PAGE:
Backbone - Embracing Dissolution review
|Release date:||March 2022|
02. The Cinereal Lands
03. The Ghost Theorem
04. Starflesh [feat. Bartosz Nauman]
05. Calculated Silence
07. Question Everything
Backbone have gracefully graduated from the Clandestine Cuts crowd.
Since I started contributing to Clandestine Cuts two years ago, there’s been a few groups in particular that have left me hungry for a full-length album. Most of them, including the likes of Autolith, Nada and Melancholia, are still yet to make that major next step, but Backbone, whose Grey Foundations Of Stone EP I covered in May 2021’s edition of the long-running series, have brought to fruition the full-length debut that they teased the existence of back when Grey Foundations was released. Backbone are a post-metal band from Poland, which, between the likes of Moanaa, Obscure Sphinx and Blindead, has a small but fruitful post-metal scene, one that Backbone are a solid addition to, based on the contents of Embracing Dissolution.
Opening with atmospheric tom drumming, trudging riffs and evocative guitar leads, “Pilgrimage” possesses a processional quality to match its name, although the song subsequently traverses eerie clean-sung sections, more up-tempo grooves and grim, doomy lulls. The rhythm section’s work is a highlight across much of Embracing Dissolution, with “Cinereal Lands” also opening with ominous percussion, albeit this time backed up by a rumbling bass line. This song brings in more of a post-rock slant, with deftly layered tremolo-based clean guitar lines floating around in the lighter sections of the song, yet Backbone have a brutish ugliness to the heavier moments of this and other tracks, whether what they’re playing is slow and brooding or more driven. Possibly the bleakest cut on Embracing Dissolution is “Starflesh”, which features the band’s original vocalist Bartosz Nauman as a guest during its droning, sickeningly low-end dirge of a midsection.
However, this is a post-metal album, and there are of course softer and more melodic parts to be found as well, which range from a delicate acoustic guitar segment in “The Ghost Theorem” to a slick, spacious jam midway through “Questioning Everything” that makes good use of guitar echo and shimmering tremolo. Arguably the most impactful moments on Embracing Dissolution are those that are both melodic and heavy; “Modernity” is a song that gradually, gradually elaborates and intensifies across its runtime, and as acoustic guitars, melodic guitar leads, thicker distortion, growls and eventually blasts all seep into the equation, the insistent momentum of this track makes a deeper and stronger impression. Similarly impressive is the closing song, “Elegeia”, which plants itself firmly in doom territory with its ponderous pace and bleak tone, but ultimately gives way to a stirring melodic outro featuring lead guitar work that reminds me most of another Polish band, Riverside, and some of their Second Life Syndrome material.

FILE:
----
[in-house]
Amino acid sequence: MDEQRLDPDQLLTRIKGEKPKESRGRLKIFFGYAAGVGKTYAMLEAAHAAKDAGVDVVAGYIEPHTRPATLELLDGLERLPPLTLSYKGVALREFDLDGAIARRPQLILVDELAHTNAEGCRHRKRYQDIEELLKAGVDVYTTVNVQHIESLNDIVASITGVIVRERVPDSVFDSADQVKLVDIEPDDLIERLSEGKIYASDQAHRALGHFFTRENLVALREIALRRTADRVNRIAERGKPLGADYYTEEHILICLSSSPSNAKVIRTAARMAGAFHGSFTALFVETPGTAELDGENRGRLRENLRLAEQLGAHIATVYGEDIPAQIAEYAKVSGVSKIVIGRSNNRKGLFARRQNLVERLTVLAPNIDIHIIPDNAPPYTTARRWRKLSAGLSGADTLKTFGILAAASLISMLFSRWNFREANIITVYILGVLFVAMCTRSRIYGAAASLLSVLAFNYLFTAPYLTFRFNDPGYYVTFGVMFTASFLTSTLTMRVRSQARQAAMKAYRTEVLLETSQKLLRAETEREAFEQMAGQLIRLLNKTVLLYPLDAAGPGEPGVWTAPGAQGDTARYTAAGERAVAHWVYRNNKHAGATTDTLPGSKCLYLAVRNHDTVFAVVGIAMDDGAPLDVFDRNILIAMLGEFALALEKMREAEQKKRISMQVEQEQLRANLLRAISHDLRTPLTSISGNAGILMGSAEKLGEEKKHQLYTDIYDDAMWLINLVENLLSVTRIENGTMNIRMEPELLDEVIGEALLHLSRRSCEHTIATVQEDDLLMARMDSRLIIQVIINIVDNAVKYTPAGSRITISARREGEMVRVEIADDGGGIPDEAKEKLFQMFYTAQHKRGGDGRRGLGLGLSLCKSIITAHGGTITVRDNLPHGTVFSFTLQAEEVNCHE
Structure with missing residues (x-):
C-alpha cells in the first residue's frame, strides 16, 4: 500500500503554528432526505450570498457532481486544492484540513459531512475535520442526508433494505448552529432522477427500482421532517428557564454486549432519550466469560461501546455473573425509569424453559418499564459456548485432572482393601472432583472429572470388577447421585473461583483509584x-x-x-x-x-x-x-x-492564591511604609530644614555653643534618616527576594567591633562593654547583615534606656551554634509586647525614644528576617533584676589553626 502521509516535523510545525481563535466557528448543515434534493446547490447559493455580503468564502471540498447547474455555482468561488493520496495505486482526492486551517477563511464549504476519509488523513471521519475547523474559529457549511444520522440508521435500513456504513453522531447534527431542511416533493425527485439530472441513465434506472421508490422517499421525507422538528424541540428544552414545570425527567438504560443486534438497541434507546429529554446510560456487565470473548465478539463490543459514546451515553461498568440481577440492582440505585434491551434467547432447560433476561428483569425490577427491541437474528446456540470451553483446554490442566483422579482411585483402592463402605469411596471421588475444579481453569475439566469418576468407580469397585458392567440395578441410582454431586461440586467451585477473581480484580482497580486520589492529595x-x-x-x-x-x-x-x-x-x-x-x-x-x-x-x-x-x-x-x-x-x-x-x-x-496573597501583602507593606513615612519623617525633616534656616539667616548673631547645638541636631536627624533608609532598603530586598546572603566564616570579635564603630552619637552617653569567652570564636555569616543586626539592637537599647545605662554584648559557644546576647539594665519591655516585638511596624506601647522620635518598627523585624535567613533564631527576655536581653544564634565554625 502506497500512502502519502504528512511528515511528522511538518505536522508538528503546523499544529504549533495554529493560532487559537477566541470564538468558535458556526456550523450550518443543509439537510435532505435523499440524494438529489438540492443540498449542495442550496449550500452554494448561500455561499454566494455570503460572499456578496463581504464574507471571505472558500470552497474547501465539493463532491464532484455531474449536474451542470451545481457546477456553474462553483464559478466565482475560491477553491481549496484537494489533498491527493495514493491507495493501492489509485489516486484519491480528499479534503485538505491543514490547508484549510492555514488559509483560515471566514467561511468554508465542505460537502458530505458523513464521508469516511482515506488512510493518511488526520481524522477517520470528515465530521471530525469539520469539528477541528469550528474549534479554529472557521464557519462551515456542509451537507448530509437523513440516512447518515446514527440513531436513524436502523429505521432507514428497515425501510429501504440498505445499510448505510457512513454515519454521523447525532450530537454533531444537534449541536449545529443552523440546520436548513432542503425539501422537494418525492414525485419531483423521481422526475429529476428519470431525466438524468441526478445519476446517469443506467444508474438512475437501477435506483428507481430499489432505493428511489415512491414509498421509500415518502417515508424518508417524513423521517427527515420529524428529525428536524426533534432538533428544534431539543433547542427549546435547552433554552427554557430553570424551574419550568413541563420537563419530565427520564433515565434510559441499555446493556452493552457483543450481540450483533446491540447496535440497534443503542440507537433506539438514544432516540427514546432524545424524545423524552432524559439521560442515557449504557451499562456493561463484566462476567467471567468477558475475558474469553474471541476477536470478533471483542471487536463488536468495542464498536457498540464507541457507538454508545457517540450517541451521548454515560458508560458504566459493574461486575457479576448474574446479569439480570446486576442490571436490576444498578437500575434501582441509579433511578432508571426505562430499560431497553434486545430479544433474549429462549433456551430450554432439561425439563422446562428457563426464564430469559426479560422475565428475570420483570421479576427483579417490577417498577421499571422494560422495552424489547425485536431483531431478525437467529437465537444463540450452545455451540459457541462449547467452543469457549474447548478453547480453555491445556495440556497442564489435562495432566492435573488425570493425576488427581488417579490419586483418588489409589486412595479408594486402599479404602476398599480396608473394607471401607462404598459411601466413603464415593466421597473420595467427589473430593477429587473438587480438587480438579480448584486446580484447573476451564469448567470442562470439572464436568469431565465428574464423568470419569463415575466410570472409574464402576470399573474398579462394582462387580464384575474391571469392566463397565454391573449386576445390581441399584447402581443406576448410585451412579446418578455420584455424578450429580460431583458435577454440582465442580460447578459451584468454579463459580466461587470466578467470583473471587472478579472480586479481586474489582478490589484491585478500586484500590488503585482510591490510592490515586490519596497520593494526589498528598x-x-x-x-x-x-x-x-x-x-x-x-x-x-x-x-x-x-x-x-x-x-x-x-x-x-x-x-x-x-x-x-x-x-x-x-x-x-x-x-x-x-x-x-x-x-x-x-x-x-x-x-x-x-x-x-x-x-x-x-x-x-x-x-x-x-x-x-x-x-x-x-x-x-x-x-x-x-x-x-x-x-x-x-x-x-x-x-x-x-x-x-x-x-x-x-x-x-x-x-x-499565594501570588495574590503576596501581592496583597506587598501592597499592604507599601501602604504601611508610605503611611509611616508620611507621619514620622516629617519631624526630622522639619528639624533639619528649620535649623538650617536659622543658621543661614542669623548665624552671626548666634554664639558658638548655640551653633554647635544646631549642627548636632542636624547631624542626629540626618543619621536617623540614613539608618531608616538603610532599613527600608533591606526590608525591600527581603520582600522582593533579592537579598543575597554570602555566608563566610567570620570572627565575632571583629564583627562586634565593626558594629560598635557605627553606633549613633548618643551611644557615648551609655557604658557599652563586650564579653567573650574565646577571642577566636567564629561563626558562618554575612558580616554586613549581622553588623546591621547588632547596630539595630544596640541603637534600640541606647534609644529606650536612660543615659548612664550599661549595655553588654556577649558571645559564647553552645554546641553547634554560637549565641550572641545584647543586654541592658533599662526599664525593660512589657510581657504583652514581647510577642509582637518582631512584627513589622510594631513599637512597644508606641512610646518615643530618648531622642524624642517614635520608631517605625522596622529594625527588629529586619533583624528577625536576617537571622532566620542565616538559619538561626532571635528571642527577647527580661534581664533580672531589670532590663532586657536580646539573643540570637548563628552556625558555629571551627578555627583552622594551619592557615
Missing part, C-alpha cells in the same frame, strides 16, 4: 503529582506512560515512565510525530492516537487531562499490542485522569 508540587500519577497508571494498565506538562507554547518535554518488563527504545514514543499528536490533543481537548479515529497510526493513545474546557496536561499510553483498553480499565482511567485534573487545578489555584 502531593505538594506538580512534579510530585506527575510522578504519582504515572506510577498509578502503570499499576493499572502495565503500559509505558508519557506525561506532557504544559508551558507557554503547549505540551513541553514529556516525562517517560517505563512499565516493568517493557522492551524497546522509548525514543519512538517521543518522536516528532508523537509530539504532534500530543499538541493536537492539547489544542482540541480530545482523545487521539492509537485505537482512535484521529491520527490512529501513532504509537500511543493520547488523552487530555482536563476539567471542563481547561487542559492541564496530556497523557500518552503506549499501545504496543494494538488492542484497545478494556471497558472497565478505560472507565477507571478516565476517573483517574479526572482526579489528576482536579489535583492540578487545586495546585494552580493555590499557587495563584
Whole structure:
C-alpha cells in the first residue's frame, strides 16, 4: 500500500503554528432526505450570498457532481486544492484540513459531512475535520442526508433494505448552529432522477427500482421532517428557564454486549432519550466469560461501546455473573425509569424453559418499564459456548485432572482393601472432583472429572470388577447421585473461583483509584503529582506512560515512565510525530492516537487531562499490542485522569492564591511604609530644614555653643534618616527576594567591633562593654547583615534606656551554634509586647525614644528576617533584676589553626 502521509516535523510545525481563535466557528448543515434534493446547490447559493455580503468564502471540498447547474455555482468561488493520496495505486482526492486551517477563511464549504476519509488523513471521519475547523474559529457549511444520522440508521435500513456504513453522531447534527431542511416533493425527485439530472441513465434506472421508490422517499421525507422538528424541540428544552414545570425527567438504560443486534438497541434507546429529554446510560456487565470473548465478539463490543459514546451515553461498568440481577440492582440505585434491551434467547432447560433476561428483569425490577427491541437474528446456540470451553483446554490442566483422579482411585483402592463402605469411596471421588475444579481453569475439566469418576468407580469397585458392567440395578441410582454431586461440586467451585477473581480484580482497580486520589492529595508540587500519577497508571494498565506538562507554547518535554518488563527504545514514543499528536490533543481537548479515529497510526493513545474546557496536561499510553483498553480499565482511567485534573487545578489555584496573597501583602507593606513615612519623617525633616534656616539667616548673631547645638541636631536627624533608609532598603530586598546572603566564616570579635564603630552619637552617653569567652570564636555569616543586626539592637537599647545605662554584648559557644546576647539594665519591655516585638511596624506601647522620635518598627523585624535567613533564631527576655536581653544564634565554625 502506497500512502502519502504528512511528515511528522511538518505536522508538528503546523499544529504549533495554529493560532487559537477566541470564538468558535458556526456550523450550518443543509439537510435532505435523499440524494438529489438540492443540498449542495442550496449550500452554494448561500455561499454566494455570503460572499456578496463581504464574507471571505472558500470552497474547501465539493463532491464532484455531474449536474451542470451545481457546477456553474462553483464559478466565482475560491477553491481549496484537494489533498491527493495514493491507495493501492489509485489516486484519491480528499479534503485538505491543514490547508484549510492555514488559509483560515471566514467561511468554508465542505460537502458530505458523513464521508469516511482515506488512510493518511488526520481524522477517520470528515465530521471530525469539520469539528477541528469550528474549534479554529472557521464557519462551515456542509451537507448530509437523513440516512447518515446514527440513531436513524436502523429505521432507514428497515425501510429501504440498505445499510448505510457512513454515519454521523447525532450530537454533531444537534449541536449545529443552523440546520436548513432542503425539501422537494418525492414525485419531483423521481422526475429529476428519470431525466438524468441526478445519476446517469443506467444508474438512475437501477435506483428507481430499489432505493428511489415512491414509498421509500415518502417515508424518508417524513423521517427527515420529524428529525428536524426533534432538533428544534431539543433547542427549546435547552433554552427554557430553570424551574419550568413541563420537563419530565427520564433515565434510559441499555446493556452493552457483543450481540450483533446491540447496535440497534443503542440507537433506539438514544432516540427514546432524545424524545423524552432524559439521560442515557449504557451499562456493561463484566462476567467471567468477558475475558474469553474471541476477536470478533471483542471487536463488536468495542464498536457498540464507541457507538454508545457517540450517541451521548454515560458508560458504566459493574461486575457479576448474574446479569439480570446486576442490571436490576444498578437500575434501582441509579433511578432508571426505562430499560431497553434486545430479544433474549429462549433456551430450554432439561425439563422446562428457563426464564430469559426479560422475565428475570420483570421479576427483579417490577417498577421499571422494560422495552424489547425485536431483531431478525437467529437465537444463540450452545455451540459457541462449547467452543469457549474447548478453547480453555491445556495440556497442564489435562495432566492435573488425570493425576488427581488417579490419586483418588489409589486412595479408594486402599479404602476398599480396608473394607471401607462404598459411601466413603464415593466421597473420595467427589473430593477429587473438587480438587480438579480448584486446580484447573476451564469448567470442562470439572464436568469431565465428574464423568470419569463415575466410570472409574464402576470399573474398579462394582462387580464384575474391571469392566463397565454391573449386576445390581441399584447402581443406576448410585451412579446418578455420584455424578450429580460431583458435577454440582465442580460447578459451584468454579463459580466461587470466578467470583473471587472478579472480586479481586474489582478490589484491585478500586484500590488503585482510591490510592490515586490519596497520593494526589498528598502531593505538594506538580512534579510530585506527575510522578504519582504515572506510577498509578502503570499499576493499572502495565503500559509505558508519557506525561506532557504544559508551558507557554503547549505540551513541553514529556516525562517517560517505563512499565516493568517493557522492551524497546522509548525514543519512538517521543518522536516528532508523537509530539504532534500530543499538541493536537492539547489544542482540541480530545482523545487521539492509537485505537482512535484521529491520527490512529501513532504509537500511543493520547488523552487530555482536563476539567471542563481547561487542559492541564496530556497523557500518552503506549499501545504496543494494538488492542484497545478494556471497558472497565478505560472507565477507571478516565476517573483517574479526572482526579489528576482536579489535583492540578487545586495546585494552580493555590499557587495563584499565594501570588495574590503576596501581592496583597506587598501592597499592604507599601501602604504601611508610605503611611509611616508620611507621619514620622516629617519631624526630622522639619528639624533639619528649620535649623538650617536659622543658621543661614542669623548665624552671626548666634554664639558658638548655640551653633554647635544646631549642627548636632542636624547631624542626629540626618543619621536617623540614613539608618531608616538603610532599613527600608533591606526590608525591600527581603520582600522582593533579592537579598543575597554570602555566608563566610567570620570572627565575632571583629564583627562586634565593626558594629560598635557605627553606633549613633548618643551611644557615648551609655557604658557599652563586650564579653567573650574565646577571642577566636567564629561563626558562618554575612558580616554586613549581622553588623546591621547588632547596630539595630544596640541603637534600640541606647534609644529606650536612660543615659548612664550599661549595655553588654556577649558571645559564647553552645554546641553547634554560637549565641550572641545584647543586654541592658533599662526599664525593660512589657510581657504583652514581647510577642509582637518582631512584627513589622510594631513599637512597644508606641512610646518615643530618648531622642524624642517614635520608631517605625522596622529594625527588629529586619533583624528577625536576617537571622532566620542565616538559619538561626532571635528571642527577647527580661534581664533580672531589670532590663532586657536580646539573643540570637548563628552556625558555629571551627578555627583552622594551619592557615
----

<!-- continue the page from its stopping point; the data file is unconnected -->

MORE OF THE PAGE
So, on the whole, this is a pretty solid album, and considering it runs for 69 minutes, it keeps the quality high enough to avoid overstaying its welcome. However, when looking back at Grey Foundations Of Stone, I do feel like the most memorable sections of that EP, particularly on the more melodic end of the spectrum, such as the majestic conclusion of “Forest Of Twilight” and melancholic climax of the title track, remain more impactful than even the strongest parts of Embracing Dissolution; while the general level of quality remains similar between the two, this debut album doesn’t quite hit the same peaks. One thing that remains similar between the two records, and not so much for the better, is the clean vocal singing; I mentioned in my Clandestine Cuts write-up that the clean vocals could do with some work, and that still remains the case here. Probably the most unfortunate aspect of them isn’t that the melodies they choose are necessarily weak or that the tone of the vocals is unpleasant, but there’s times where they sound out of tune, and that feels like something that could have been more easily addressed. It hits me most offputtingly near the end of “Calculated Silence” and early on in “Questioning Everything”, but it’s something of a persistent issue throughout.
So, there’s still room for improvement for Backbone, particularly on the vocal front but also in terms of coming up with really standout moments and sections. However, it’s not a band thing to have room for growth when you’re just releasing your first full-length album, and Embracing Dissolution is a solid base from which to grow.
||Written on 07.04.2022 by Hey chief let's talk why not|
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